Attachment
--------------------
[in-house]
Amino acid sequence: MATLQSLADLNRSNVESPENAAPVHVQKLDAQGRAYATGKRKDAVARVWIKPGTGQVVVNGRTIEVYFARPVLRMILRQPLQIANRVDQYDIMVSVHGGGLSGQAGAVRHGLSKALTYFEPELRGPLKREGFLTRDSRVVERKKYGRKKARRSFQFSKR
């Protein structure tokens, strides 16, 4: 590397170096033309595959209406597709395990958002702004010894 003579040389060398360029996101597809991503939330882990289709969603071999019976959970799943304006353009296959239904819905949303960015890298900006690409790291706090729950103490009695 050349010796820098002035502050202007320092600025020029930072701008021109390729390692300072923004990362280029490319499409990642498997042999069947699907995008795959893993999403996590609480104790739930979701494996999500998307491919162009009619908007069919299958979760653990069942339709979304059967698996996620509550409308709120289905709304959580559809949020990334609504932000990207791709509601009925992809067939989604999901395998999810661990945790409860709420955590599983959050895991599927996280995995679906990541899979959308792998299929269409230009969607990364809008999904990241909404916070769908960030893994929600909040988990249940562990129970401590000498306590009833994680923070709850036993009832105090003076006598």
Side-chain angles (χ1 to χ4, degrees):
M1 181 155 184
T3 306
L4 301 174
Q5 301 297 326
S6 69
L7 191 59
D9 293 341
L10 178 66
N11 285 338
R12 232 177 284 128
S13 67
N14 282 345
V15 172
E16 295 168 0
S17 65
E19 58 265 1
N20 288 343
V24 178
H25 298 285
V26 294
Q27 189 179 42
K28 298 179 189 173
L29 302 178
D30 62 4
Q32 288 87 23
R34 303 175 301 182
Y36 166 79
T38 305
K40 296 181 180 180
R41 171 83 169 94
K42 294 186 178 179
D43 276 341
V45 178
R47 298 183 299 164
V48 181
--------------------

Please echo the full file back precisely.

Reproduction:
[in-house]
Amino acid sequence: MATLQSLADLNRSNVESPENAAPVHVQKLDAQGRAYATGKRKDAVARVWIKPGTGQVVVNGRTIEVYFARPVLRMILRQPLQIANRVDQYDIMVSVHGGGLSGQAGAVRHGLSKALTYFEPELRGPLKREGFLTRDSRVVERKKYGRKKARRSFQFSKR
């Protein structure tokens, strides 16, 4: 590397170096033309595959209406597709395990958002702004010894 003579040389060398360029996101597809991503939330882990289709969603071999019976959970799943304006353009296959239904819905949303960015890298900006690409790291706090729950103490009695 050349010796820098002035502050202007320092600025020029930072701008021109390729390692300072923004990362280029490319499409990642498997042999069947699907995008795959893993999403996590609480104790739930979701494996999500998307491919162009009619908007069919299958979760653990069942339709979304059967698996996620509550409308709120289905709304959580559809949020990334609504932000990207791709509601009925992809067939989604999901395998999810661990945790409860709420955590599983959050895991599927996280995995679906990541899979959308792998299929269409230009969607990364809008999904990241909404916070769908960030893994929600909040988990249940562990129970401590000498306590009833994680923070709850036993009832105090003076006598």
Side-chain angles (χ1 to χ4, degrees):
M1 181 155 184
T3 306
L4 301 174
Q5 301 297 326
S6 69
L7 191 59
D9 293 341
L10 178 66
N11 285 338
R12 232 177 284 128
S13 67
N14 282 345
V15 172
E16 295 168 0
S17 65
E19 58 265 1
N20 288 343
V24 178
H25 298 285
V26 294
Q27 189 179 42
K28 298 179 189 173
L29 302 178
D30 62 4
Q32 288 87 23
R34 303 175 301 182
Y36 166 79
T38 305
K40 296 181 180 180
R41 171 83 169 94
K42 294 186 178 179
D43 276 341
V45 178
R47 298 183 299 164
V48 181